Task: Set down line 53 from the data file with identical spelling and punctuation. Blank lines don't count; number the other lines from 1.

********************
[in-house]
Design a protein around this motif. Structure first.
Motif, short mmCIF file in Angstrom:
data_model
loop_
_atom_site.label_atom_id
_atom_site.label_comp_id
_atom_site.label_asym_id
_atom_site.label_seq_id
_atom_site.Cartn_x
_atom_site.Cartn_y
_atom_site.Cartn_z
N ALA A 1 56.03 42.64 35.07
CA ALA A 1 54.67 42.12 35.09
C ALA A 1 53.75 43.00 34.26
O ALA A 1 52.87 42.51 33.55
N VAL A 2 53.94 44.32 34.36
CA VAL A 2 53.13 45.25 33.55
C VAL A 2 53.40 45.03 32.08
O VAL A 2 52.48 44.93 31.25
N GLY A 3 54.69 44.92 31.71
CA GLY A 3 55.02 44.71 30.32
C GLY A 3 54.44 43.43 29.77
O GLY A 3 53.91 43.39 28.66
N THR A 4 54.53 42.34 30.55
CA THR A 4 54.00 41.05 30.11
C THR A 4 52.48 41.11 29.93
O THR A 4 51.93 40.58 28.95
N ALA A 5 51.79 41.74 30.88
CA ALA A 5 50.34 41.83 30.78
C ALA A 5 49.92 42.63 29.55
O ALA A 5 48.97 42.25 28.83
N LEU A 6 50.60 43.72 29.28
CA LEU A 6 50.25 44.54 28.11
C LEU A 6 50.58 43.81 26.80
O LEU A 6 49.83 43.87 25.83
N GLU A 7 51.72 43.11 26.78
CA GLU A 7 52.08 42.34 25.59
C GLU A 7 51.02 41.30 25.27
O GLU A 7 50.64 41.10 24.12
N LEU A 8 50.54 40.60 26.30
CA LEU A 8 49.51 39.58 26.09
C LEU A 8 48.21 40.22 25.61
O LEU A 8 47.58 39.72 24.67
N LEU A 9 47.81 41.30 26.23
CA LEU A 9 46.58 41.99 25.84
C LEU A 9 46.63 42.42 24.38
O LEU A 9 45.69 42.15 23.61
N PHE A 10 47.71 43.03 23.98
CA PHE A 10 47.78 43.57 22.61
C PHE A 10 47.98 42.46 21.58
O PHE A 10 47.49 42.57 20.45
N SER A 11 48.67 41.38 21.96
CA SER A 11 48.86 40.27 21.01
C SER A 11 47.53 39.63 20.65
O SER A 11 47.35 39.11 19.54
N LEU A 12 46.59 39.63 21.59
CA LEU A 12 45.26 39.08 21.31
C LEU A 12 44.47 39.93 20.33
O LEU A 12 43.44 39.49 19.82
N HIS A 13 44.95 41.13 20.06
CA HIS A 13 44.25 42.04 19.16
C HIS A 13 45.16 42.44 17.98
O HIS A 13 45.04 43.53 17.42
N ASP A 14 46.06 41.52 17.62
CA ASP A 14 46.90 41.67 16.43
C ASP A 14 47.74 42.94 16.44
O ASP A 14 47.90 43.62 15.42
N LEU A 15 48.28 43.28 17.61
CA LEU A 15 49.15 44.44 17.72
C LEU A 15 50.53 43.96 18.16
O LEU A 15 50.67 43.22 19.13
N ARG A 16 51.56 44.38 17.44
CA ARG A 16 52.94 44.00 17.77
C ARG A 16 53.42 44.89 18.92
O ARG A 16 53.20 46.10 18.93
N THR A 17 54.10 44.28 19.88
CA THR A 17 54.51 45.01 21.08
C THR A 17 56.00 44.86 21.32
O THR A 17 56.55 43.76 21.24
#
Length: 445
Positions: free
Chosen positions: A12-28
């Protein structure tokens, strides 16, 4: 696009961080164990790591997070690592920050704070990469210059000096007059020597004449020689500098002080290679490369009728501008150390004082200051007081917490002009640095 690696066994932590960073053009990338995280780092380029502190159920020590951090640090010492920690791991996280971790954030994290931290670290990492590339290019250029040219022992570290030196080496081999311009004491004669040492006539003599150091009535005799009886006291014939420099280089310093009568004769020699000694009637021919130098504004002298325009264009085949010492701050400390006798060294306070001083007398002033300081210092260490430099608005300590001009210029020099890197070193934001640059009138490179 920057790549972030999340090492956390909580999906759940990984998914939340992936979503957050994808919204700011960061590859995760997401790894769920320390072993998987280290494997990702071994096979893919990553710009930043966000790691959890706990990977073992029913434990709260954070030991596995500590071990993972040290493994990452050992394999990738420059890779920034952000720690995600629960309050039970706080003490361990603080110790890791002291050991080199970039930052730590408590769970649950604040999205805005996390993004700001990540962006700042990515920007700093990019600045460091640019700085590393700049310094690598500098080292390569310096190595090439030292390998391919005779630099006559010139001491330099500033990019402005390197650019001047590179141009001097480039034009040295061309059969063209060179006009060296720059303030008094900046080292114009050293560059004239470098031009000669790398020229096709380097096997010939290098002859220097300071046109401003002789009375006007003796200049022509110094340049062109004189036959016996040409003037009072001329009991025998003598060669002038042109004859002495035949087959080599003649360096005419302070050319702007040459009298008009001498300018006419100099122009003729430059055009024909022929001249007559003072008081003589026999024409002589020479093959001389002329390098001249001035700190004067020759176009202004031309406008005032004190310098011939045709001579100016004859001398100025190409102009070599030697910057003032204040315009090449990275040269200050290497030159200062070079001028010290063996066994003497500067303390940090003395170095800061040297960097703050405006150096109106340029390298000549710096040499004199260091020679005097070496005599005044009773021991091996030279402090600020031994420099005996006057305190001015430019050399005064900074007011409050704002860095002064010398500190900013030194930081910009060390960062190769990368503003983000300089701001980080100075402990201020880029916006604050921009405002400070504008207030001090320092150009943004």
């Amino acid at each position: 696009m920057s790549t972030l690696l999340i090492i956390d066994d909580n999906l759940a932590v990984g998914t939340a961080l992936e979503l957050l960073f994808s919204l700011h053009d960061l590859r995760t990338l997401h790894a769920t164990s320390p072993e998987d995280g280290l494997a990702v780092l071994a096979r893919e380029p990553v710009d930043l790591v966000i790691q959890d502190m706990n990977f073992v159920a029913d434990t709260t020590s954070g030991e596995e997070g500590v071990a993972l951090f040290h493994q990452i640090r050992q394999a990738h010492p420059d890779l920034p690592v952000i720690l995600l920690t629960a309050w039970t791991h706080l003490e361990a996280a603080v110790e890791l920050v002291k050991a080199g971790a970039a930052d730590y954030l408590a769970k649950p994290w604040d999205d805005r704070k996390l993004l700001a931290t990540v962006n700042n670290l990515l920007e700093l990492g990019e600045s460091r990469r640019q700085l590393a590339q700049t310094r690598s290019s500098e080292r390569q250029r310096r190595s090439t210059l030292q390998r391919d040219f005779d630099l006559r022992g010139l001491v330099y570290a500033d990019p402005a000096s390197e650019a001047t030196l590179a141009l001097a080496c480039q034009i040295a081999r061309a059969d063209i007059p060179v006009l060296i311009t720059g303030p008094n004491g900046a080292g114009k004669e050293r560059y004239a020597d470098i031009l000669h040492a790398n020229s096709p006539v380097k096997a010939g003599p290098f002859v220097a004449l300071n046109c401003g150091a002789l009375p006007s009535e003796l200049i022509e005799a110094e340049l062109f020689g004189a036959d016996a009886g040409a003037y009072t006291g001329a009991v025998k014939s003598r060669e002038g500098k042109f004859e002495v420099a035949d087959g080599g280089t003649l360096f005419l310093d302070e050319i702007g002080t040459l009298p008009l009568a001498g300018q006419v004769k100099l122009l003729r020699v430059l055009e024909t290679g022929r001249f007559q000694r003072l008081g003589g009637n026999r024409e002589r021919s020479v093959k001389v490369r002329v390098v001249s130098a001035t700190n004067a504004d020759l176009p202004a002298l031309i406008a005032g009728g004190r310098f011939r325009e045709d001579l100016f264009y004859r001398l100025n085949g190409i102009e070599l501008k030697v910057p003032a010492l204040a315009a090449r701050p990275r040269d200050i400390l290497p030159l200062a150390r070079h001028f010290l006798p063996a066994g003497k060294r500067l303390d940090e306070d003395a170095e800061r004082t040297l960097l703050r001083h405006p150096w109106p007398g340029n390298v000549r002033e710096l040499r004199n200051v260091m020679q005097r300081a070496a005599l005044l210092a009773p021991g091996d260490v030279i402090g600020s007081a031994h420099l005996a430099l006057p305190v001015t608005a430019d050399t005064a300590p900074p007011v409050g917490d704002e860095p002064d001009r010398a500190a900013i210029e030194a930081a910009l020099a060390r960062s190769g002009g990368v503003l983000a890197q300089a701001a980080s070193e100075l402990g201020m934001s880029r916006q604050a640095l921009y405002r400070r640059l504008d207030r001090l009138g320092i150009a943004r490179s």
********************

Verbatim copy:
N SER A 11 48.67 41.38 21.96